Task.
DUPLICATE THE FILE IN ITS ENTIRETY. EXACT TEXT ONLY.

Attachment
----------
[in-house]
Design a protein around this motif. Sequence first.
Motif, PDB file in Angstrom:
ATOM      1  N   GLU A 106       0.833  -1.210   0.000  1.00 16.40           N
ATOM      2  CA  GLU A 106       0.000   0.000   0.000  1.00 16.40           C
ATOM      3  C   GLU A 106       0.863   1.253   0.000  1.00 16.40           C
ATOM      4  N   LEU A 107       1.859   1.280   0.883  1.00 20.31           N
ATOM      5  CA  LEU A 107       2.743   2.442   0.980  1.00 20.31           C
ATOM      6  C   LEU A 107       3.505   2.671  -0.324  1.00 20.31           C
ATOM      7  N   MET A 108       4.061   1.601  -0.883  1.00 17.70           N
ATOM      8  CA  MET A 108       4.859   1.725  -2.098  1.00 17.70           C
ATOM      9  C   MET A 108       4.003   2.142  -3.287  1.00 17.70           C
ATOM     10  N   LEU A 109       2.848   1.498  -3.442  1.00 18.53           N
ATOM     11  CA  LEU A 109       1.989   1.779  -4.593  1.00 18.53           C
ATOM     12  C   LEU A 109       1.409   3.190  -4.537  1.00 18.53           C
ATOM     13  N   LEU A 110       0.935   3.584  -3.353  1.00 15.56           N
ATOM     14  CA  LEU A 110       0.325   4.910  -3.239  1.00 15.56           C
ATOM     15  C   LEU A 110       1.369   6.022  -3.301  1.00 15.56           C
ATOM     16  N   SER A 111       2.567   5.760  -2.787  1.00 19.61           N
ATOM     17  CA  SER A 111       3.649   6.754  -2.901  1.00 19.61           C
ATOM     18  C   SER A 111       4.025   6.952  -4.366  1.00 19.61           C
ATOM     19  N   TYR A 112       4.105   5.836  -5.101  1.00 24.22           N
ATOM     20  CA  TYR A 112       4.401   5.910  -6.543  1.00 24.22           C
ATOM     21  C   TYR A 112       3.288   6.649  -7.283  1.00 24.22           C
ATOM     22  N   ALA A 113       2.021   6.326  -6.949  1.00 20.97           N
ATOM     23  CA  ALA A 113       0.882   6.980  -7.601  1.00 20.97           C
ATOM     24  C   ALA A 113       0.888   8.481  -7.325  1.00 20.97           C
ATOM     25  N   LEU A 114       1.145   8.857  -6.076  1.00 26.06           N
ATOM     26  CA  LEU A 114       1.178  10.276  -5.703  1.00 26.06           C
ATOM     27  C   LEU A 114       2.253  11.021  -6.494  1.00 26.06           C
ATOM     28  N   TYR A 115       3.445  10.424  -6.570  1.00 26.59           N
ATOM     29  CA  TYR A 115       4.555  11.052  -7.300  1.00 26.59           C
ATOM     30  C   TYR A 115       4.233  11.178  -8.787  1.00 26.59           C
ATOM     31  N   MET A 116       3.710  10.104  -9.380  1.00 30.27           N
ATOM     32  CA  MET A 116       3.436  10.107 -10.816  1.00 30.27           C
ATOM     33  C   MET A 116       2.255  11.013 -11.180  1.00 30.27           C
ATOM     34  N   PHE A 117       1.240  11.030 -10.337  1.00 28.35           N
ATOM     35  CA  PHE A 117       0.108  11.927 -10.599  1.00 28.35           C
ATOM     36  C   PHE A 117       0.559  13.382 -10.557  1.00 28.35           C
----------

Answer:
[in-house]
Design a protein around this motif. Sequence first.
Motif, PDB file in Angstrom:
ATOM      1  N   GLU A 106       0.833  -1.210   0.000  1.00 16.40           N
ATOM      2  CA  GLU A 106       0.000   0.000   0.000  1.00 16.40           C
ATOM      3  C   GLU A 106       0.863   1.253   0.000  1.00 16.40           C
ATOM      4  N   LEU A 107       1.859   1.280   0.883  1.00 20.31           N
ATOM      5  CA  LEU A 107       2.743   2.442   0.980  1.00 20.31           C
ATOM      6  C   LEU A 107       3.505   2.671  -0.324  1.00 20.31           C
ATOM      7  N   MET A 108       4.061   1.601  -0.883  1.00 17.70           N
ATOM      8  CA  MET A 108       4.859   1.725  -2.098  1.00 17.70           C
ATOM      9  C   MET A 108       4.003   2.142  -3.287  1.00 17.70           C
ATOM     10  N   LEU A 109       2.848   1.498  -3.442  1.00 18.53           N
ATOM     11  CA  LEU A 109       1.989   1.779  -4.593  1.00 18.53           C
ATOM     12  C   LEU A 109       1.409   3.190  -4.537  1.00 18.53           C
ATOM     13  N   LEU A 110       0.935   3.584  -3.353  1.00 15.56           N
ATOM     14  CA  LEU A 110       0.325   4.910  -3.239  1.00 15.56           C
ATOM     15  C   LEU A 110       1.369   6.022  -3.301  1.00 15.56           C
ATOM     16  N   SER A 111       2.567   5.760  -2.787  1.00 19.61           N
ATOM     17  CA  SER A 111       3.649   6.754  -2.901  1.00 19.61           C
ATOM     18  C   SER A 111       4.025   6.952  -4.366  1.00 19.61           C
ATOM     19  N   TYR A 112       4.105   5.836  -5.101  1.00 24.22           N
ATOM     20  CA  TYR A 112       4.401   5.910  -6.543  1.00 24.22           C
ATOM     21  C   TYR A 112       3.288   6.649  -7.283  1.00 24.22           C
ATOM     22  N   ALA A 113       2.021   6.326  -6.949  1.00 20.97           N
ATOM     23  CA  ALA A 113       0.882   6.980  -7.601  1.00 20.97           C
ATOM     24  C   ALA A 113       0.888   8.481  -7.325  1.00 20.97           C
ATOM     25  N   LEU A 114       1.145   8.857  -6.076  1.00 26.06           N
ATOM     26  CA  LEU A 114       1.178  10.276  -5.703  1.00 26.06           C
ATOM     27  C   LEU A 114       2.253  11.021  -6.494  1.00 26.06           C
ATOM     28  N   TYR A 115       3.445  10.424  -6.570  1.00 26.59           N
ATOM     29  CA  TYR A 115       4.555  11.052  -7.300  1.00 26.59           C
ATOM     30  C   TYR A 115       4.233  11.178  -8.787  1.00 26.59           C
ATOM     31  N   MET A 116       3.710  10.104  -9.380  1.00 30.27           N
ATOM     32  CA  MET A 116       3.436  10.107 -10.816  1.00 30.27           C
ATOM     33  C   MET A 116       2.255  11.013 -11.180  1.00 30.27           C
ATOM     34  N   PHE A 117       1.240  11.030 -10.337  1.00 28.35           N
ATOM     35  CA  PHE A 117       0.108  11.927 -10.599  1.00 28.35           C
ATOM     36  C   PHE A 117       0.559  13.382 -10.557  1.00 28.35           C